The willingness to pay $100 for an interactive nightlight was deemed to expensive by management and was slanted to be scuttled. It is hard to measure the perceived value when prospective customers have not experienced it.
To convince management, that there was indeed enough demand, a last minute concept validation survey was send to a very small sample of 250. How do you communicate a well-designed product through a survey? We designed a step-wise introduction to the nightlight, presented the possible interactive features via GIFs and eventually ask pricing questions at four different points in the survey. price approach was used to design a custom concept validation survey with a sample of 250.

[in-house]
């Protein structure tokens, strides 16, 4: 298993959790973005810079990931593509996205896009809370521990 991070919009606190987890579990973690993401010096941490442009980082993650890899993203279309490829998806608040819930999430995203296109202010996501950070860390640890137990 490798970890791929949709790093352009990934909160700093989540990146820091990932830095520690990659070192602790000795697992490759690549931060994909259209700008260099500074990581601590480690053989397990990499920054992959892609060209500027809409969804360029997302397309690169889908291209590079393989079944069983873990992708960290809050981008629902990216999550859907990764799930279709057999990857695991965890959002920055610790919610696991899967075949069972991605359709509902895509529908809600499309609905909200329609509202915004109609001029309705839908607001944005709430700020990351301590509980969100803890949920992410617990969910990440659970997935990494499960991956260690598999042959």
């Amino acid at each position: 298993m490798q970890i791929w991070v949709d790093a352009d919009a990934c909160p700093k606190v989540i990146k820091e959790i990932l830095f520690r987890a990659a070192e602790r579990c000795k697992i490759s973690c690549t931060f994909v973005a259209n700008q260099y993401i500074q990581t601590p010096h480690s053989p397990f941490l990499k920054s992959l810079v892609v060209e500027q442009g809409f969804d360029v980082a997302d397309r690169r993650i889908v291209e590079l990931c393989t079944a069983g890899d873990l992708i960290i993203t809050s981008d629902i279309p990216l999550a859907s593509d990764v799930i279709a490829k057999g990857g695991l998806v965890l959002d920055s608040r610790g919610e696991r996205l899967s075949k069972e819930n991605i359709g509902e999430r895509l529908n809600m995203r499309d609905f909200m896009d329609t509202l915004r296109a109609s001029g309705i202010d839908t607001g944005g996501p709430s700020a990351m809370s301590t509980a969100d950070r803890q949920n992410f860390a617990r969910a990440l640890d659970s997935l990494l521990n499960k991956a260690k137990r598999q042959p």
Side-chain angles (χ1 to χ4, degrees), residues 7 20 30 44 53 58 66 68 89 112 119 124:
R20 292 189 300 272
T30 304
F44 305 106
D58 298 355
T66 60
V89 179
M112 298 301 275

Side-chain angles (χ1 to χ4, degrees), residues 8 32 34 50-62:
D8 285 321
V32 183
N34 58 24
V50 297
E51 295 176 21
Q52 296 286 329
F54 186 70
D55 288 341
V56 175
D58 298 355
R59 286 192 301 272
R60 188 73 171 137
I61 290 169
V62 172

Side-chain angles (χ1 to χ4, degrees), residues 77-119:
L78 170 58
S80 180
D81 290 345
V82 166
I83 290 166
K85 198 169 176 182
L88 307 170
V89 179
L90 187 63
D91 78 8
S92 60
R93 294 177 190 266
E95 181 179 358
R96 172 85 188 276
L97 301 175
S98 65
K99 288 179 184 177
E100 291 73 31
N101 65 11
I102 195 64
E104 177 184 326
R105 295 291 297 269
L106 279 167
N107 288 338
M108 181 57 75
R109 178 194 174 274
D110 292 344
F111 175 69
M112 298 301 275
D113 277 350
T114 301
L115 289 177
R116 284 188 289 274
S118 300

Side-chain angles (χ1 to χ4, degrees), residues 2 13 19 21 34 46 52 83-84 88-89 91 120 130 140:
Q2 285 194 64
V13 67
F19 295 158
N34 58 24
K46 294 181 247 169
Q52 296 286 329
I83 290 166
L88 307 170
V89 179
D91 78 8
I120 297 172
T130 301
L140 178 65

The step-wise approach allowed a phased introduction of the product and assessment of the perceived value at each step. Mimicking a purchase journey. One method we used to assess willingness to pay was via Van Westendorp price sensitivity method. At the end we revealed the actual price and take-up of the concepts dropped significantly but 23% were still open to purchase the.
Equipped with the data the design team went back to the CEO and got the go ahead. When GLOW light launched a year later demand outstripped supply. Further, the market uptake rate of 23% was confirmed by two subsequent studies that sourcing and marketing did independently. Ultimately the product introduced as loss-leader was so successful that Casper considered a whole line of interactive lights for the bedroom.